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Surprise!

Fly-tipping in England has surged 38 per cent since 2010, new data shows, as the Environment Secretary promised to end the “blight on our towns, cities and beautiful countryside”.

Make disposing of rubbish legally more expensive and more people will dispose of rubbish illegally.

The problem people have with understanding this is what?

13 thoughts on “Surprise!”

  1. It’s not just that. It’s also the importation of hundreds of thousands of people from countries with rather different refuse disposal behaviour. And no ID, which is required to access the council tip.

  2. As well as the nonsense of having to book in advance, as they have introduced down my way.

    £4 to dispose of a bag of cement at my place. The first thing the chap said to me when I asked “how much” was “Don’t you know anyone with a skip ?”

  3. @Otto, we just had a large skip for some building work and people threw random stuff into it. From a tent to a pram to takeaway containers. At least someone took the old gas fire out of the skip.

  4. @Julia, Blackburn tips require ID. Reason given is because so many people from neighbouring councils use the tip. Very weak argument since the tip is miles from the boundary. Bloody awkward when you’ve just bought a property and need to empty out a hoarder’s contents and don’t have any proof (other than solicitors letter which the tip didn’t like) of “residence”.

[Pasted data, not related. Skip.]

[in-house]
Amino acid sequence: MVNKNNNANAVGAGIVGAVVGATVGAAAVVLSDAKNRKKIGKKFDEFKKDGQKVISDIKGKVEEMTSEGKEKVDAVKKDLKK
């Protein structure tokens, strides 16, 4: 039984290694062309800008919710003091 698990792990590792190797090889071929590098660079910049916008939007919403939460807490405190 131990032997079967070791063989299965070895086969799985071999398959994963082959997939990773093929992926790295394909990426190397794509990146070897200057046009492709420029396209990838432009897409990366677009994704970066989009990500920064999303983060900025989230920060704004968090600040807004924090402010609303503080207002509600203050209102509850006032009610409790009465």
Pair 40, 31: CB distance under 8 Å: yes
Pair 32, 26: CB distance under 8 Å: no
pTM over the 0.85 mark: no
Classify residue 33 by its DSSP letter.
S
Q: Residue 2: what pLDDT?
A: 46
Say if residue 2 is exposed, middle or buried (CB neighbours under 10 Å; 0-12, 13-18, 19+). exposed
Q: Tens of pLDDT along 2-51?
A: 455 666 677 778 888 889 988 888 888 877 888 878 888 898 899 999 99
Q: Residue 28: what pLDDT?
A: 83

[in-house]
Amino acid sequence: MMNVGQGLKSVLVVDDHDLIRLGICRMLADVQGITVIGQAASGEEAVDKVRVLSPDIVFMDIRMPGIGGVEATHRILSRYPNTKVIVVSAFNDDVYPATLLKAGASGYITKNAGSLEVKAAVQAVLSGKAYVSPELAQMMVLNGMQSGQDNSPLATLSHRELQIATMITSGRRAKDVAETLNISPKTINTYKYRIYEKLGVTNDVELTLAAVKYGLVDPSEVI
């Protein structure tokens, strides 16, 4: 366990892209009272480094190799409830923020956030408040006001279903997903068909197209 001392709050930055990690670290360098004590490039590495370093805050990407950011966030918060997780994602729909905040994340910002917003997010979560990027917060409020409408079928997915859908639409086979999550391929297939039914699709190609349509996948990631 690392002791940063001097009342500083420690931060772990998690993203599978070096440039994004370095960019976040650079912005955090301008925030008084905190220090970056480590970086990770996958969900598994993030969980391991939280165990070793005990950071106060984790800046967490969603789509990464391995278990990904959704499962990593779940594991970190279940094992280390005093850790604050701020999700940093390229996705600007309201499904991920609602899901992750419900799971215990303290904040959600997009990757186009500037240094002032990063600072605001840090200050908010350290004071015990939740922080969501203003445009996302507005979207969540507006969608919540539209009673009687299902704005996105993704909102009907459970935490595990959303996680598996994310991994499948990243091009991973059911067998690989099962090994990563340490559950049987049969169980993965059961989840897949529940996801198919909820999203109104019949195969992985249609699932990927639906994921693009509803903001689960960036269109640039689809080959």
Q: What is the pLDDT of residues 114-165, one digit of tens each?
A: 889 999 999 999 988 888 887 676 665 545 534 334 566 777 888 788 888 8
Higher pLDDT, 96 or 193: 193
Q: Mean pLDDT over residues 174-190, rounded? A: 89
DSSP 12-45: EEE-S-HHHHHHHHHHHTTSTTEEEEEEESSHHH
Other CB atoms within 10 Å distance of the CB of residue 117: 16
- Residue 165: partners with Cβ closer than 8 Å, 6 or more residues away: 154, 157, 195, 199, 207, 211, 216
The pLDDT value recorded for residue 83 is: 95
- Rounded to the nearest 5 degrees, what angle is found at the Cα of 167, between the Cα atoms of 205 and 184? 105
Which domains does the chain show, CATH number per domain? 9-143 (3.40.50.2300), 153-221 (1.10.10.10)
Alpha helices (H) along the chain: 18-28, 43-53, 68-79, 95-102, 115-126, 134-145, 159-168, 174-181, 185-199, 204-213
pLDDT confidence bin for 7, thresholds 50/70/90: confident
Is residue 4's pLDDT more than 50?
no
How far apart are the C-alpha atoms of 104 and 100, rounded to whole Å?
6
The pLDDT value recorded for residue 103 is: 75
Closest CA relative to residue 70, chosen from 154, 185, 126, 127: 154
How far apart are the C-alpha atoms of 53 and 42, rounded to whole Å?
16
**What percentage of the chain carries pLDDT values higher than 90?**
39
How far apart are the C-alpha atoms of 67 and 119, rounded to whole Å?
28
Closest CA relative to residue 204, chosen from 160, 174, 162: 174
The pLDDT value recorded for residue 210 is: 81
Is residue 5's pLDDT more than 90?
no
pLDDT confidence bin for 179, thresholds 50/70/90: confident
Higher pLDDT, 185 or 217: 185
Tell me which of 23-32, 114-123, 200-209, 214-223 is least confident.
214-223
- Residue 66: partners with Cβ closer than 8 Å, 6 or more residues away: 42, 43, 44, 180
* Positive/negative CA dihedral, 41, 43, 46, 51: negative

5. ‘… The problem people have with understanding this is what?…’

    The same problem the same people have understanding you cannot replace coal fired, continuous, stable, dispatchable output power stations with intermittent, unstable, unreliable, non-dispatchable output wind turbines without causing increased electricity bills and power cuts.

  6. Council tax should cover refuse disposal without charges, if only the Councillors cut back on their wasteful actions.
    E.g., I have just received a thick, colour-printed card through the post, informing me that my garden waste collection day will change next month from Thursday to Thursday!
    Assuming every house received the same, that’s a lot of wasted tax which could have been put to some use. (Last time they did something similar but more minor, I requested the costs under FOI: it was over £6000.)
    Although this is a small amount compared to their major wasteful actions, it’s indicative of their mindset and lack of concern for the people they are supposed to represent.

  7. Only a few years ago my local waste tip just had two really big ‘bays’, one for household and one for garden waste. It was open 7 days a week. You backed up to the bay, emptied your car, and drove off.

    Nowadays there are multiple bays for all sorts of types of rubbish (although not always what you want to ‘recycle’) and you have to drive from bay to bay. The waste tip is only open certain days of the week. You also have to pay for some types of waste too. The task of sorting the waste has been outsourced to the customer.

    No wonder people fly tip.